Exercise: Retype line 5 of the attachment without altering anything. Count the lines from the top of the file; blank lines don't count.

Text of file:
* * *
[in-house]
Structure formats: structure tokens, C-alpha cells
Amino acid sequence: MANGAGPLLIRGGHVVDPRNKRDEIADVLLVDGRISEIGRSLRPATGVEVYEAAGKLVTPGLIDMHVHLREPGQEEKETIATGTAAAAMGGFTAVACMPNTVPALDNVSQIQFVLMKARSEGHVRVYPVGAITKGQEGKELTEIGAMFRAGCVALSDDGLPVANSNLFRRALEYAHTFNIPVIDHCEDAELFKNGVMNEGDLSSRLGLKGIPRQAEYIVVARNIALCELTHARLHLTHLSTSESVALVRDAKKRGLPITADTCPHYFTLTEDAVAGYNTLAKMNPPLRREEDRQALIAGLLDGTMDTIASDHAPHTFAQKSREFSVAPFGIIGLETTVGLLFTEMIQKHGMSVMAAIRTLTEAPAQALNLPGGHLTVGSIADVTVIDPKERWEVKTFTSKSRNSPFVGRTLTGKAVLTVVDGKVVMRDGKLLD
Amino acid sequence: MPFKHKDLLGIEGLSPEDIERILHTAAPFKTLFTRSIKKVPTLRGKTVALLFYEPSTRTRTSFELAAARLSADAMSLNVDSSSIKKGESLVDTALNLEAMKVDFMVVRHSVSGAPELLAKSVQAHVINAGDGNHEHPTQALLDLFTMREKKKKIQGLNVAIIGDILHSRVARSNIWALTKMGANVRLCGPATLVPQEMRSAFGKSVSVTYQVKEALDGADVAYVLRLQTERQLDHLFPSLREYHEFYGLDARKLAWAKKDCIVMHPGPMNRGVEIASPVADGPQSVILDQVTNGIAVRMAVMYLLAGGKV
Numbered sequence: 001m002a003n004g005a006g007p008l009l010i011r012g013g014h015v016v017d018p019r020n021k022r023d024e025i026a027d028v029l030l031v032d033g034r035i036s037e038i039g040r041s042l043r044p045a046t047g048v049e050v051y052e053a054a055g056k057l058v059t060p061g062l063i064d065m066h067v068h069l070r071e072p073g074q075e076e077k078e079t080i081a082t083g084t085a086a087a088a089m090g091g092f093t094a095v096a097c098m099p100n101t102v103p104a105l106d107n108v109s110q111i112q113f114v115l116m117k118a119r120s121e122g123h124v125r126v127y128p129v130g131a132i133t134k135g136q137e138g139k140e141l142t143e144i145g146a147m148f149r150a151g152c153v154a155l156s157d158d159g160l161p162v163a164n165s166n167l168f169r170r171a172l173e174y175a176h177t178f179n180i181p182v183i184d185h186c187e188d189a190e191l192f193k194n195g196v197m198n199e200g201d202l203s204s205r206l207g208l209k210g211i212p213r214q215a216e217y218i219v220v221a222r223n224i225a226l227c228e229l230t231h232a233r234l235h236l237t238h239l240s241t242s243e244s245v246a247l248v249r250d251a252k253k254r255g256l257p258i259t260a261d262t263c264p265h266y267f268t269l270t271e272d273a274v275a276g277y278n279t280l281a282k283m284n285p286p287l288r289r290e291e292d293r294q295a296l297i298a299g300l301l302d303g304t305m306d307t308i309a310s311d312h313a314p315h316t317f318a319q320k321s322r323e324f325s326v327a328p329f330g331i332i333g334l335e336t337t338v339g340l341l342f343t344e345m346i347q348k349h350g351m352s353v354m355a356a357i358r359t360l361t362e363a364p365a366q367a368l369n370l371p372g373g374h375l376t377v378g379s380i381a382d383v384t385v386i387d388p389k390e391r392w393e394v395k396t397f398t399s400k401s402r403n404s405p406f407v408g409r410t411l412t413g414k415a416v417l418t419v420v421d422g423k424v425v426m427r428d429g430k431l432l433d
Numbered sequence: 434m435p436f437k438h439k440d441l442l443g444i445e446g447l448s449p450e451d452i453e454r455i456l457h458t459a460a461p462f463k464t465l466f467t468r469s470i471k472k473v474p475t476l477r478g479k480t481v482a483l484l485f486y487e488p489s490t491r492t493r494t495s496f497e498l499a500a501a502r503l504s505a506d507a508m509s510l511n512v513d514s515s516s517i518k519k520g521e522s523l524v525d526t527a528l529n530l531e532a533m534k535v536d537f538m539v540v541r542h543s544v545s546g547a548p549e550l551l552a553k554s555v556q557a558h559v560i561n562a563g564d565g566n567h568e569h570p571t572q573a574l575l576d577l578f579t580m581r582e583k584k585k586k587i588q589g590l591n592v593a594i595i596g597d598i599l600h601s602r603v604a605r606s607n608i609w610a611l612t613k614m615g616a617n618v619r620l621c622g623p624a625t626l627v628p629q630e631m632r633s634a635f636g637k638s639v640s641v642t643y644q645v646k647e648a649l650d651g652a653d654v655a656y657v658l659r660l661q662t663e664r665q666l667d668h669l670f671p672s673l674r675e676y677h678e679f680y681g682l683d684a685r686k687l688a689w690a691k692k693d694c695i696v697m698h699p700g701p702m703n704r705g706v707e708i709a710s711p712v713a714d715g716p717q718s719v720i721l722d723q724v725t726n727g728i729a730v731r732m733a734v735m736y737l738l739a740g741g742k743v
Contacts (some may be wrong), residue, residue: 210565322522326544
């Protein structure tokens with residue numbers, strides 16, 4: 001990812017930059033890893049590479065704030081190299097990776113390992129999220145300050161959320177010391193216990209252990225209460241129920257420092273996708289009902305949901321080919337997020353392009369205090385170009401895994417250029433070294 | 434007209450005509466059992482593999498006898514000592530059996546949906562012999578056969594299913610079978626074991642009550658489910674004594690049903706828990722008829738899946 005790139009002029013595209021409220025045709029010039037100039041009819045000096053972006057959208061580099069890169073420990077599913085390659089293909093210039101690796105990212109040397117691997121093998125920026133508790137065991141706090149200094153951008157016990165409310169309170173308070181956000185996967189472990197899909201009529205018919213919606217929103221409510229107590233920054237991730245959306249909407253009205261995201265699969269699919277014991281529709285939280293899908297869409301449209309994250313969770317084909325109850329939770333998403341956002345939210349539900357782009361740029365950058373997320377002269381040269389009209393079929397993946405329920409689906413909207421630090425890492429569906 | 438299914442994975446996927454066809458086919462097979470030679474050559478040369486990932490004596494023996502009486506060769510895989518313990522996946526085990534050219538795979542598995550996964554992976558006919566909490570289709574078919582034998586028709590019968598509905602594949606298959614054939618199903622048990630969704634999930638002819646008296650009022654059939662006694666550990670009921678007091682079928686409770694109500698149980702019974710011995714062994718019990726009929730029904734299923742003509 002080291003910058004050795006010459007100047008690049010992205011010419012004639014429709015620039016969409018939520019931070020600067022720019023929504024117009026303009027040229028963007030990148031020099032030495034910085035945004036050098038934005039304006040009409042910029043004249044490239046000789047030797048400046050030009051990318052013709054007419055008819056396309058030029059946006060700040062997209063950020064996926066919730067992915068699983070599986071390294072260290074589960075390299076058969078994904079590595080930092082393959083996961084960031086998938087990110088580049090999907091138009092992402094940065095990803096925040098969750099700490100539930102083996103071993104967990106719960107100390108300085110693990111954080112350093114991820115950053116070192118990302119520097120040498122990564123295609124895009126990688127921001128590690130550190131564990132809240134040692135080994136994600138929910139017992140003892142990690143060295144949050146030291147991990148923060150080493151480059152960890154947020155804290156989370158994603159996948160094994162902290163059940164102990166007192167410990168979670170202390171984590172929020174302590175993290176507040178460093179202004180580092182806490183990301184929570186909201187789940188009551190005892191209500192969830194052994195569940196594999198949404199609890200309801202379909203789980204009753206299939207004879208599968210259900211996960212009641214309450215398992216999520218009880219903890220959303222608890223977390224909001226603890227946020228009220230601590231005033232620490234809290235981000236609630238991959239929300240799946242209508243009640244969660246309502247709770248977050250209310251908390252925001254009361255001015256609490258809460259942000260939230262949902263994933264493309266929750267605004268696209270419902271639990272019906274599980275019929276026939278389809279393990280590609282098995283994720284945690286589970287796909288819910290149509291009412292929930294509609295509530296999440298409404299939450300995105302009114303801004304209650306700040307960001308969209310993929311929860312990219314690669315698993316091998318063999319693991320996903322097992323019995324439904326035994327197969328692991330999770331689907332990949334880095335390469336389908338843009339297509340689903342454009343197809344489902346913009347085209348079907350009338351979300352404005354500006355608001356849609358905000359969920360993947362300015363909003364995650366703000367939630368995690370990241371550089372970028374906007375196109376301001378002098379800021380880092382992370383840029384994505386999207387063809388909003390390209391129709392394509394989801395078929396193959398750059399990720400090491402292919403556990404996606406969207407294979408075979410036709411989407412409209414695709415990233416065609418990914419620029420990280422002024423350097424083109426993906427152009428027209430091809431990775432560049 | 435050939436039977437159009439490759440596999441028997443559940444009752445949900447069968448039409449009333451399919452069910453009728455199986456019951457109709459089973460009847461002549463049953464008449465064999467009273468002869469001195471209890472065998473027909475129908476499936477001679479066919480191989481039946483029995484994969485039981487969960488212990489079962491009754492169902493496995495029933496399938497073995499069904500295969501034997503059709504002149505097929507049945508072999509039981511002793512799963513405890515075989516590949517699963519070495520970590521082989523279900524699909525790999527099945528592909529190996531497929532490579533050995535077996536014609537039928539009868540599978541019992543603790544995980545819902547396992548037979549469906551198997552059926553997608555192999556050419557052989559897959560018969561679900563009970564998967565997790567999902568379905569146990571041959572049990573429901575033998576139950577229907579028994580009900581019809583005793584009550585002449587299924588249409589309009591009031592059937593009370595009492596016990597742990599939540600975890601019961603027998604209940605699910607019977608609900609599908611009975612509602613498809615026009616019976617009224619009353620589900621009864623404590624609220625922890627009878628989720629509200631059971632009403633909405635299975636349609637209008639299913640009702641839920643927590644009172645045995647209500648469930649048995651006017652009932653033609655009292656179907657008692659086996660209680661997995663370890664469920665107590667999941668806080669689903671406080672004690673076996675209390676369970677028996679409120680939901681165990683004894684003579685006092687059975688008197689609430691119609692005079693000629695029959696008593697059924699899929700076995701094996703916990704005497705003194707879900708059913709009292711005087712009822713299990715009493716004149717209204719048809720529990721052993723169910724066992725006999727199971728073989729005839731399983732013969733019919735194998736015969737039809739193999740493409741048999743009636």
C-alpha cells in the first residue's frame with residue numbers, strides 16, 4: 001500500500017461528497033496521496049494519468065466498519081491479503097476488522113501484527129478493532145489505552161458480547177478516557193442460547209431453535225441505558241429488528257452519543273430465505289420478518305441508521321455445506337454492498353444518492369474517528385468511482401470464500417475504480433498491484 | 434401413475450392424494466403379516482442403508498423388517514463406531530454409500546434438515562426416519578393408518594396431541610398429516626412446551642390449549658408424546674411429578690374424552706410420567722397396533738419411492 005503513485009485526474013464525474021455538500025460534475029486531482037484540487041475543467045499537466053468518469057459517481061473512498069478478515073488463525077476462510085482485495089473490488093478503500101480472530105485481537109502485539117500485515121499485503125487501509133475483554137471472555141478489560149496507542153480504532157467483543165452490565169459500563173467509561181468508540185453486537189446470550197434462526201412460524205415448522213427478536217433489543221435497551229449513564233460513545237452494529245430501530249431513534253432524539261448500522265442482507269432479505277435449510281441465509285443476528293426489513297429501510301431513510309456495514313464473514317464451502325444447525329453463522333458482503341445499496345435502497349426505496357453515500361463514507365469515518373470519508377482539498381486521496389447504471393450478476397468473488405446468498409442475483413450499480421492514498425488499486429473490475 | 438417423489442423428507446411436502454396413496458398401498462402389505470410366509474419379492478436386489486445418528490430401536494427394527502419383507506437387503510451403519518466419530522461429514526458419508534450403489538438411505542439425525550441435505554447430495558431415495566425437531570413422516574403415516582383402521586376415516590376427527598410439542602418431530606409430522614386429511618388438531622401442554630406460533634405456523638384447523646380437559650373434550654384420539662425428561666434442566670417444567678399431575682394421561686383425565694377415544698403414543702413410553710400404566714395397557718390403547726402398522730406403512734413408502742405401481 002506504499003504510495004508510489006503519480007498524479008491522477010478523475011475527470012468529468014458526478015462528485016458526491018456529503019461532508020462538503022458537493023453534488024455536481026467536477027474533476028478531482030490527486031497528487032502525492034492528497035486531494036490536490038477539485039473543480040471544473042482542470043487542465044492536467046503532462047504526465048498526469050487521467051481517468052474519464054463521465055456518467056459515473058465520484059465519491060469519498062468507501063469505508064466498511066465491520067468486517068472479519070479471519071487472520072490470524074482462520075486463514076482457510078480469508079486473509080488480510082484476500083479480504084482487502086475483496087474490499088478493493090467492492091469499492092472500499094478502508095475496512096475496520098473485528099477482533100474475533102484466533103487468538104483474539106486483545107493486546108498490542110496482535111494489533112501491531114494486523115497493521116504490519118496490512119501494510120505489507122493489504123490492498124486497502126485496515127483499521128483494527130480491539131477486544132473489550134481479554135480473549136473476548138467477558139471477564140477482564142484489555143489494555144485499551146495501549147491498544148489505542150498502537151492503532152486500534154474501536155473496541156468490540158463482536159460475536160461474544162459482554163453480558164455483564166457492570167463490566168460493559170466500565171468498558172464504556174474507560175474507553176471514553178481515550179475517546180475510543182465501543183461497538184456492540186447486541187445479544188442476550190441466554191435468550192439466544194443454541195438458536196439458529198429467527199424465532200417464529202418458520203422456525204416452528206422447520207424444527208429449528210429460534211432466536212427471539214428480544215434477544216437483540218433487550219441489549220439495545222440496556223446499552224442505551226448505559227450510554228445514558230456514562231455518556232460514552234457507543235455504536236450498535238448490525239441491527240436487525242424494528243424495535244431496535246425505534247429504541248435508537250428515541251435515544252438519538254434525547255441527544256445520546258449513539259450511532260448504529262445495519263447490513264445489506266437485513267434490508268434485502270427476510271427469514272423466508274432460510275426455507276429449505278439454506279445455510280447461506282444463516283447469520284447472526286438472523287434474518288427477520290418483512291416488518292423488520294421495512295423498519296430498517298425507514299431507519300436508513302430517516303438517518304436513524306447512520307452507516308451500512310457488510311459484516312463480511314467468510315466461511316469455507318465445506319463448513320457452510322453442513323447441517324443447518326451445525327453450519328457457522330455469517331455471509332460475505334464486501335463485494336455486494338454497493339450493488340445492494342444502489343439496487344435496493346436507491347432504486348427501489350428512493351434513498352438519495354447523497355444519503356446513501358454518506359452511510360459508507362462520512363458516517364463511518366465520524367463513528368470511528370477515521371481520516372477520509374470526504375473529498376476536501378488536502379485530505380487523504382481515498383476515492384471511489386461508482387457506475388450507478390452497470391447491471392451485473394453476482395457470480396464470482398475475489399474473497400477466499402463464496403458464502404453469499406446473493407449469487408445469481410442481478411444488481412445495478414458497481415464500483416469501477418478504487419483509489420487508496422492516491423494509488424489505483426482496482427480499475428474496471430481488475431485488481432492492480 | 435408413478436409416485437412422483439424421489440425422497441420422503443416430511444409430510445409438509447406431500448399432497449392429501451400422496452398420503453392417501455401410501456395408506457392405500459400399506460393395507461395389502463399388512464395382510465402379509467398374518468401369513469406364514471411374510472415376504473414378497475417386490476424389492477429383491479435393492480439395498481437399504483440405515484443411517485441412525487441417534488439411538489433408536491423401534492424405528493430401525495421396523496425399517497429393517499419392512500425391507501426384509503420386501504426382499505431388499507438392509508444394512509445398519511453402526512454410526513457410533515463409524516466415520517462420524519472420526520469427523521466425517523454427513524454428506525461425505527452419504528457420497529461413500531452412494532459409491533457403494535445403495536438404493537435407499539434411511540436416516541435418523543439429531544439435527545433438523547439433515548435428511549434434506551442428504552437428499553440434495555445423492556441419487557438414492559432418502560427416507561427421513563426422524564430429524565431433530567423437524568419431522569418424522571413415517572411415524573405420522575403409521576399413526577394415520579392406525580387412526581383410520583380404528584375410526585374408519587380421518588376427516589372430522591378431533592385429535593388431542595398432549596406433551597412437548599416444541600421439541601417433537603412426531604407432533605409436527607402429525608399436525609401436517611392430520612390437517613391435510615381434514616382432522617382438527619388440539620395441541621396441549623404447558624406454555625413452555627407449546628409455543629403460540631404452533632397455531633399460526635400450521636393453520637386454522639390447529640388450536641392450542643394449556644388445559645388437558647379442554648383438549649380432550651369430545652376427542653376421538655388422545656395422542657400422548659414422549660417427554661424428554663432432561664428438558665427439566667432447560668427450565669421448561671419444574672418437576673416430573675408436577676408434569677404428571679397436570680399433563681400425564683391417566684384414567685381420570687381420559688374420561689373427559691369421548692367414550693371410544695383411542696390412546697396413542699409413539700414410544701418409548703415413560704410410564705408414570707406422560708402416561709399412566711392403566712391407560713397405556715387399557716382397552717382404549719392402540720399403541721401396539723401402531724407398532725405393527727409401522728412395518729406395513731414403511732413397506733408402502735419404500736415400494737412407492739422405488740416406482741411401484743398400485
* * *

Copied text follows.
Numbered sequence: 001m002a003n004g005a006g007p008l009l010i011r012g013g014h015v016v017d018p019r020n021k022r023d024e025i026a027d028v029l030l031v032d033g034r035i036s037e038i039g040r041s042l043r044p045a046t047g048v049e050v051y052e053a054a055g056k057l058v059t060p061g062l063i064d065m066h067v068h069l070r071e072p073g074q075e076e077k078e079t080i081a082t083g084t085a086a087a088a089m090g091g092f093t094a095v096a097c098m099p100n101t102v103p104a105l106d107n108v109s110q111i112q113f114v115l116m117k118a119r120s121e122g123h124v125r126v127y128p129v130g131a132i133t134k135g136q137e138g139k140e141l142t143e144i145g146a147m148f149r150a151g152c153v154a155l156s157d158d159g160l161p162v163a164n165s166n167l168f169r170r171a172l173e174y175a176h177t178f179n180i181p182v183i184d185h186c187e188d189a190e191l192f193k194n195g196v197m198n199e200g201d202l203s204s205r206l207g208l209k210g211i212p213r214q215a216e217y218i219v220v221a222r223n224i225a226l227c228e229l230t231h232a233r234l235h236l237t238h239l240s241t242s243e244s245v246a247l248v249r250d251a252k253k254r255g256l257p258i259t260a261d262t263c264p265h266y267f268t269l270t271e272d273a274v275a276g277y278n279t280l281a282k283m284n285p286p287l288r289r290e291e292d293r294q295a296l297i298a299g300l301l302d303g304t305m306d307t308i309a310s311d312h313a314p315h316t317f318a319q320k321s322r323e324f325s326v327a328p329f330g331i332i333g334l335e336t337t338v339g340l341l342f343t344e345m346i347q348k349h350g351m352s353v354m355a356a357i358r359t360l361t362e363a364p365a366q367a368l369n370l371p372g373g374h375l376t377v378g379s380i381a382d383v384t385v386i387d388p389k390e391r392w393e394v395k396t397f398t399s400k401s402r403n404s405p406f407v408g409r410t411l412t413g414k415a416v417l418t419v420v421d422g423k424v425v426m427r428d429g430k431l432l433d